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Renewing your Medicaid benefits

If you have Medicaid or Medicare Savings Plan (MSP) benefits, you may need to renew them every year.

How do I know if I have Medicaid or MSP?

If your state helps pay any of your Medicare costs — like Part A and Part B premiums, deductibles, or coinsurance — you likely have Medicaid or MSP. 

Medicaid may go by a different name depending on your state. For example, in Colorado it’s called “Health First Colorado” and in Pennsylvania it’s called “Medical Assistance.”

Still not sure? You can contact your state Medicaid office and ask.

How can I get ready to renew?

  • Make sure your state has your current mailing address, phone number, and email so they can contact you about your Medicaid benefits. You can update your contact information on your state’s portal or by phone
  • Check your mail. Your state will mail you a letter that says when you need to renew your Medicaid benefits. Depending on your state, it may come in an envelope that’s a different color, is larger than a normal letter, or says “Action Required.” To make sure there’s no gap in your coverage, send in your renewal paperwork as soon as you can. 
  • Check that you can access your state’s online Medicaid portal. The portal is usually the fastest and easiest way to renew. If you already have a username and password, check that it’s up to date and saved in a safe place. If you need to reset it, you can do that on your state’s portal or by phone
  • Have your information ready to go. When you renew, your state may ask for information or documents including:
    - Social Security numbers and birth dates of everyone who wants to apply
    - Money you get regularly (income) from jobs, Social Security, and other sources
    - Bills you pay (expenses) — like rent, mortgage, water, gas, electric, and phone
    - The value of items you own (assets) — like vehicles, bank accounts, and stocks
    - Money you get or pay for child support
    - Your health insurance

What if I get a letter in the mail that I don’t understand?

That’s okay! We know these letters can be confusing. If the letter came from your state’s Medicaid office, contact them directly. If the letter came from Devoted, give us a call and we’re happy to go over it with you.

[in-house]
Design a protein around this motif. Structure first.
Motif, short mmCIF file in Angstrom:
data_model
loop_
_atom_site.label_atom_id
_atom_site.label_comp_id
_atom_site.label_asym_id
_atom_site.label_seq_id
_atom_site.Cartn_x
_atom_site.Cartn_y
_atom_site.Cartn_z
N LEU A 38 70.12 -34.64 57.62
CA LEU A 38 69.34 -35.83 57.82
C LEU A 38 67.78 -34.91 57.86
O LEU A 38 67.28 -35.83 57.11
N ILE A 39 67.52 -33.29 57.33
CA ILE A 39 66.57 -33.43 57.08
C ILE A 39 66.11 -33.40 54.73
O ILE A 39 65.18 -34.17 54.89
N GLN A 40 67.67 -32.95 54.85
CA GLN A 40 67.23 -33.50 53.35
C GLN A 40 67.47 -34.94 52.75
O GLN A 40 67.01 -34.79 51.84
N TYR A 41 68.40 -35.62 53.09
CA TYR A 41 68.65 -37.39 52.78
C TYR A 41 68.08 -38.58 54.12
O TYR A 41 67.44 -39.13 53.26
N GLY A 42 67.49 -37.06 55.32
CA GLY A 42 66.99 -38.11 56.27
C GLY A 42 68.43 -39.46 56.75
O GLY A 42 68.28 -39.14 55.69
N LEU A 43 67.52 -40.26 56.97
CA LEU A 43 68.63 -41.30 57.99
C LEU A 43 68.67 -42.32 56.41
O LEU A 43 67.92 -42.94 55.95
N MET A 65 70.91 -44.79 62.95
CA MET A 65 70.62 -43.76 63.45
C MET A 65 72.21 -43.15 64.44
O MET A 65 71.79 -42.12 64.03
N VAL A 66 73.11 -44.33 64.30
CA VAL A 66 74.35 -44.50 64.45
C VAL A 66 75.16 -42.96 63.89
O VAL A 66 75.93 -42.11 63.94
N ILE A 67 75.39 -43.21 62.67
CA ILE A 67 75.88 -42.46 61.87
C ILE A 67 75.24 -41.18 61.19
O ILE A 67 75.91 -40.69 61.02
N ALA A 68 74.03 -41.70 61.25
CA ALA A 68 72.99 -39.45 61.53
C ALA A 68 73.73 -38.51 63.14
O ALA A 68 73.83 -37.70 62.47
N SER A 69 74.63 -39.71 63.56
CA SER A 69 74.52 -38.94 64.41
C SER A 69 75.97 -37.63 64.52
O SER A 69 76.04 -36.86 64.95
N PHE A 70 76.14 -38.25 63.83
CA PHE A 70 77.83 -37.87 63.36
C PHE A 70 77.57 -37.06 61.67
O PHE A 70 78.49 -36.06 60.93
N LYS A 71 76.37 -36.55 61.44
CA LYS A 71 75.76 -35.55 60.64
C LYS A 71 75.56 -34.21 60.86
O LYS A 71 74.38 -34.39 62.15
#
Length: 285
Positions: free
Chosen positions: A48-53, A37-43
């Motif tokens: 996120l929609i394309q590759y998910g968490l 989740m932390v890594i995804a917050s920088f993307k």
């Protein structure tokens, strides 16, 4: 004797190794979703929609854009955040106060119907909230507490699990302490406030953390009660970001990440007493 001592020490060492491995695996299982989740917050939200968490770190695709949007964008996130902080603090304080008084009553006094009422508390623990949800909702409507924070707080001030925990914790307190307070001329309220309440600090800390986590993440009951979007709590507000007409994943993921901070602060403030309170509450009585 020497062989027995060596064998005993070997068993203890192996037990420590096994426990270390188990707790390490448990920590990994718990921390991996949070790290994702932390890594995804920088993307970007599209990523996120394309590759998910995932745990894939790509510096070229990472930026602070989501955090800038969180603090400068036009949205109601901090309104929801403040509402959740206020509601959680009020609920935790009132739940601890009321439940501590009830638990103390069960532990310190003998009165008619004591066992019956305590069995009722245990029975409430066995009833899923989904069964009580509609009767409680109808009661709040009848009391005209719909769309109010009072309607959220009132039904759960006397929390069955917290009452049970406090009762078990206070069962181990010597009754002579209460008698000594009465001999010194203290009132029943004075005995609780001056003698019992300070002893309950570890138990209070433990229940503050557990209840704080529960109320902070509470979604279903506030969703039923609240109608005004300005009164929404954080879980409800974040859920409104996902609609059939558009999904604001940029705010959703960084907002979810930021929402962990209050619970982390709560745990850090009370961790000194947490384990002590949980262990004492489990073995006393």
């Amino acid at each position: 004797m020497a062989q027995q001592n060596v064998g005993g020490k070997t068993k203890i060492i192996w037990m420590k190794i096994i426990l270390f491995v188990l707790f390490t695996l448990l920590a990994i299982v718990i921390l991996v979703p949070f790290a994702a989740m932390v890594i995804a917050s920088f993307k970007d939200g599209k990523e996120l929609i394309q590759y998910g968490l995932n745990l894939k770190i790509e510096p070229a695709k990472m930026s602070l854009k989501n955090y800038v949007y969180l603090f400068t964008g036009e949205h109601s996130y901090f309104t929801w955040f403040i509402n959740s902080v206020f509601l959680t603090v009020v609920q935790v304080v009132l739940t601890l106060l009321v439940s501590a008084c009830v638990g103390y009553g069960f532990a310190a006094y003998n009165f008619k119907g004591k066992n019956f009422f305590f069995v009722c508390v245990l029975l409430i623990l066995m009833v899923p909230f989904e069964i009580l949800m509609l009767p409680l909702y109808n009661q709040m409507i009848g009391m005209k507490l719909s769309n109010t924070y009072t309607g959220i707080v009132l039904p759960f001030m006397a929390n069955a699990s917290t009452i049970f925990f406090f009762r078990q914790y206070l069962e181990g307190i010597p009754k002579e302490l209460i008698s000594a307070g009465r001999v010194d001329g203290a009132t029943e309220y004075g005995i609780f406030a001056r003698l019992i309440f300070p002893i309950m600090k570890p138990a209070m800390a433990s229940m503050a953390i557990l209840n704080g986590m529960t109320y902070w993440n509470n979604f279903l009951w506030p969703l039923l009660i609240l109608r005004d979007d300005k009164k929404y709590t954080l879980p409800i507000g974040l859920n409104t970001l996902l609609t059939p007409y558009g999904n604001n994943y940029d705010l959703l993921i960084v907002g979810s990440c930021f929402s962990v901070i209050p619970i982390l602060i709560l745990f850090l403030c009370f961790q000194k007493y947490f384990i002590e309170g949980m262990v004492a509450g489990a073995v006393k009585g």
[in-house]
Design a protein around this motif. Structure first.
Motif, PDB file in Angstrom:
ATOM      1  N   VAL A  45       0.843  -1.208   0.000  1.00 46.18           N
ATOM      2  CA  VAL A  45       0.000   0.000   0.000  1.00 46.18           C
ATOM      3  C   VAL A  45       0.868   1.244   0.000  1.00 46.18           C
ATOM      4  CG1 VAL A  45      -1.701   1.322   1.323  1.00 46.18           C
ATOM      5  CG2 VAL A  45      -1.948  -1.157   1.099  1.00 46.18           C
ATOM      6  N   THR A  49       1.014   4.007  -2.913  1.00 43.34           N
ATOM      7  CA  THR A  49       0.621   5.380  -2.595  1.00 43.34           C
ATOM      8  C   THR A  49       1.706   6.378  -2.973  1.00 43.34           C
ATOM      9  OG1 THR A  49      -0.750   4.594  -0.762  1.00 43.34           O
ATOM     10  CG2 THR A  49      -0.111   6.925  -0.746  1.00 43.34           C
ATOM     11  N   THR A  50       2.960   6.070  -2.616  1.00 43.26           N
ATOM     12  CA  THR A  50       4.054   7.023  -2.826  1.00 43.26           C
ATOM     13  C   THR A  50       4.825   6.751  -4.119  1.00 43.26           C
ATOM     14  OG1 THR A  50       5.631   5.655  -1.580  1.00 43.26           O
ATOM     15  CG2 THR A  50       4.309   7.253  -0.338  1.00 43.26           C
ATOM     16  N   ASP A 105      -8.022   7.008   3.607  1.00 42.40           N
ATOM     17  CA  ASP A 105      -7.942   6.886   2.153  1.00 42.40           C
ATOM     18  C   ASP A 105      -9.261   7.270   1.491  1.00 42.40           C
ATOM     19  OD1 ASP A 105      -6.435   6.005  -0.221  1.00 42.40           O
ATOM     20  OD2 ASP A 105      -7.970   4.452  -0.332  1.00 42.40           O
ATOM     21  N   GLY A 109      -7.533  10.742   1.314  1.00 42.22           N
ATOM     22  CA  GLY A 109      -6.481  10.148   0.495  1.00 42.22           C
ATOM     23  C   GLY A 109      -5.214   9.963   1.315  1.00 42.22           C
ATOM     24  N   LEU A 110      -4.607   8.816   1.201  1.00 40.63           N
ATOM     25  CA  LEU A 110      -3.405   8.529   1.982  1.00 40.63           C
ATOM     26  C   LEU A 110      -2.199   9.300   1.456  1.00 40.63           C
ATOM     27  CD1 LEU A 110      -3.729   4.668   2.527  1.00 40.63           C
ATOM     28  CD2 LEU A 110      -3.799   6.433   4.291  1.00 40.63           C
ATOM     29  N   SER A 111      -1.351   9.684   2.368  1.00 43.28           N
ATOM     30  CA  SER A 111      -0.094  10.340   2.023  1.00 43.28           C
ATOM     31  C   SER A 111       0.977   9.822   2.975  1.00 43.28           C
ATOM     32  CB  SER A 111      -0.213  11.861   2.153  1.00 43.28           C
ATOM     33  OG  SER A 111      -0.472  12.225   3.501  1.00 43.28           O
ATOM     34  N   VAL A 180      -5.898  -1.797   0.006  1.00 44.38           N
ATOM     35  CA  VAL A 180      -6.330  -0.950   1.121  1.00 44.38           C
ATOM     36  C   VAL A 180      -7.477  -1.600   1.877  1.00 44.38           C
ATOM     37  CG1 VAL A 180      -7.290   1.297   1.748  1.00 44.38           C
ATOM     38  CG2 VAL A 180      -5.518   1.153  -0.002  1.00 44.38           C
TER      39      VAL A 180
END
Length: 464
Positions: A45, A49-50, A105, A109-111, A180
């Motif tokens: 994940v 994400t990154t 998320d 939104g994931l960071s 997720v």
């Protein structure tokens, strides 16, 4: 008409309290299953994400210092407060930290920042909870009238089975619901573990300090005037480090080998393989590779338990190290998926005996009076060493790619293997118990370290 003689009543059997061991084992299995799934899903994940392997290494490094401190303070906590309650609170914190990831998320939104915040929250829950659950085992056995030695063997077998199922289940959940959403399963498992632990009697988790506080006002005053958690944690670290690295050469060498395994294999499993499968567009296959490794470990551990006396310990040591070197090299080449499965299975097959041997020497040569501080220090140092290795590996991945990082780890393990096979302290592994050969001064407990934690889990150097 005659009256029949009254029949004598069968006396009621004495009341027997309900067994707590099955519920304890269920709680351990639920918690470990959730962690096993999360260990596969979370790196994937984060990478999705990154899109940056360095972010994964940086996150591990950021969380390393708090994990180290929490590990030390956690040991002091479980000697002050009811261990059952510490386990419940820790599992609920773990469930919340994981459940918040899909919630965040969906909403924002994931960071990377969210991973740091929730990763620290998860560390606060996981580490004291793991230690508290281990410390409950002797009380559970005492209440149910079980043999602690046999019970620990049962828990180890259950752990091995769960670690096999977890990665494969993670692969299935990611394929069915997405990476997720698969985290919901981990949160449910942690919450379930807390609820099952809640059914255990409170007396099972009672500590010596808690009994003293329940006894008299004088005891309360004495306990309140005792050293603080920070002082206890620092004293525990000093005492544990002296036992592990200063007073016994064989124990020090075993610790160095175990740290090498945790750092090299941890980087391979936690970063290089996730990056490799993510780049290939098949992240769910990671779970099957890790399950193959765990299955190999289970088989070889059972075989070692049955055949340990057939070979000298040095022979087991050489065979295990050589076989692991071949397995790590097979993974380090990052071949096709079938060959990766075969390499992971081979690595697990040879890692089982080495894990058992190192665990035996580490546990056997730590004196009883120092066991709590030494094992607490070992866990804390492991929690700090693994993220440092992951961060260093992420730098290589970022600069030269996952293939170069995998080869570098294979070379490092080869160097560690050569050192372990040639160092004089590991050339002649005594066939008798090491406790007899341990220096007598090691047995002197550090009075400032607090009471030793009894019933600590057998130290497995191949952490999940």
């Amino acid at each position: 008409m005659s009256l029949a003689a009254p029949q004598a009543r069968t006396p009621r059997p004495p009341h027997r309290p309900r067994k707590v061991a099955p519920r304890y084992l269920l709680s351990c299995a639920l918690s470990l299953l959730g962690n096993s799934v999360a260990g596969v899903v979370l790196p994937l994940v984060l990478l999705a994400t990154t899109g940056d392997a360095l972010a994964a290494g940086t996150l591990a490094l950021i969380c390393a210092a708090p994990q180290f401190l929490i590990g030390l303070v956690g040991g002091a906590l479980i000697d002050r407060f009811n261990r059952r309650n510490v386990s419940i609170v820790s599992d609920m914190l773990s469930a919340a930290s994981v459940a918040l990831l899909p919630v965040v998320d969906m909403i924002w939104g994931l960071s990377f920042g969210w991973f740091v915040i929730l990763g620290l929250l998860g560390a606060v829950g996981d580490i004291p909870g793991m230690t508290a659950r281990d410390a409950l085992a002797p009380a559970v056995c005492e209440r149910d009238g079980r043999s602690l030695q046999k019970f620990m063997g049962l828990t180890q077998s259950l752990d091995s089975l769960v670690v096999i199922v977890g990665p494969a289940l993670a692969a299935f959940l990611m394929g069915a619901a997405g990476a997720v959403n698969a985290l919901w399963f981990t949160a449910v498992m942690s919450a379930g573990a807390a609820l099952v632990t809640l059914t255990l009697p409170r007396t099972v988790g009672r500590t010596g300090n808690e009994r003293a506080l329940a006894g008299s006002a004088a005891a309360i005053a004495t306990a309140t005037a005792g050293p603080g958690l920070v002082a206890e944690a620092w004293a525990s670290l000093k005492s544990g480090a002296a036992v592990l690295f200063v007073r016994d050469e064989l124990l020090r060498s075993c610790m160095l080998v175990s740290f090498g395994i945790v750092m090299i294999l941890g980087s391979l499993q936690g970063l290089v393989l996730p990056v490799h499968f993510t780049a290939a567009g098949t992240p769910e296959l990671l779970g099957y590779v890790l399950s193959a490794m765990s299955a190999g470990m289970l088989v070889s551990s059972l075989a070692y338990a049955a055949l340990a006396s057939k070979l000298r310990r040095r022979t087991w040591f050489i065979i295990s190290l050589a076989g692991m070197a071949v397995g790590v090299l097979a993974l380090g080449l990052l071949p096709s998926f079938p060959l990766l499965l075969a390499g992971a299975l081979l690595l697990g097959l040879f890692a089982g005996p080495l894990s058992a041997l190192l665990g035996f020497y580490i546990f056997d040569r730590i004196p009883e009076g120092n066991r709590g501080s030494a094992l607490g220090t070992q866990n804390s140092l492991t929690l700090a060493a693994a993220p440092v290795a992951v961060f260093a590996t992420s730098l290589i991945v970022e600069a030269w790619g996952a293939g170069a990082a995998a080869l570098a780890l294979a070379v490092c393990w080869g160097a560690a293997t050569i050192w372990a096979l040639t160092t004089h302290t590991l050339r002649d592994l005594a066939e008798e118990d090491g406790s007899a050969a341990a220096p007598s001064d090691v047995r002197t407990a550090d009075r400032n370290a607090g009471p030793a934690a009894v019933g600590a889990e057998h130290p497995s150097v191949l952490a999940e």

Once I send in my renewal, how long until I hear back?

It usually takes about 30 to 45 days, or longer during peak times. If it’s been more than 45 days and you haven’t gotten a decision, call your state’s Medicaid office to ask for an update. 

What if my state reduces or takes away my Medicaid or MSP benefits?

If you think the decision was wrong, you can appeal. Your denial letter will explain how, and you can contact your state’s Medicaid office with questions. Tips for appeals:

  • Pay attention to the deadline: Your denial letter will also include a deadline for when to appeal. It’s best to appeal quickly — in some states, if you file within 10 days of the denial, your benefits will continue while they review your appeal.  
  • Get proof of your appeal: If you’re appealing in writing, we recommend getting proof of when you appealed — like delivering it in person and having it date-stamped, or sending it by registered mail. If you’re appealing by phone, write down the name of the person you talked to and the date. 

If it turns out you don’t qualify anymore, it’s a good idea to speak with someone who can help you review your options and make sure you’re on the Devoted Health plan with the best benefits and savings for your specific situation. Call Devoted to connect with an experienced telesales agent or reach out to the agent who helped you enroll with Devoted. 

What if I have questions or need help?

Text us at 866-85 or give us a call at 1-800-338-6833 (TTY 711). We can connect you with an experienced Community Guide. They can help you understand letters you get from the state, answer questions about Medicaid and other assistance programs, and help you apply when it’s time to renew your benefits. 

You can also contact your state Medicaid office or visit to learn more about Medicaid renewal.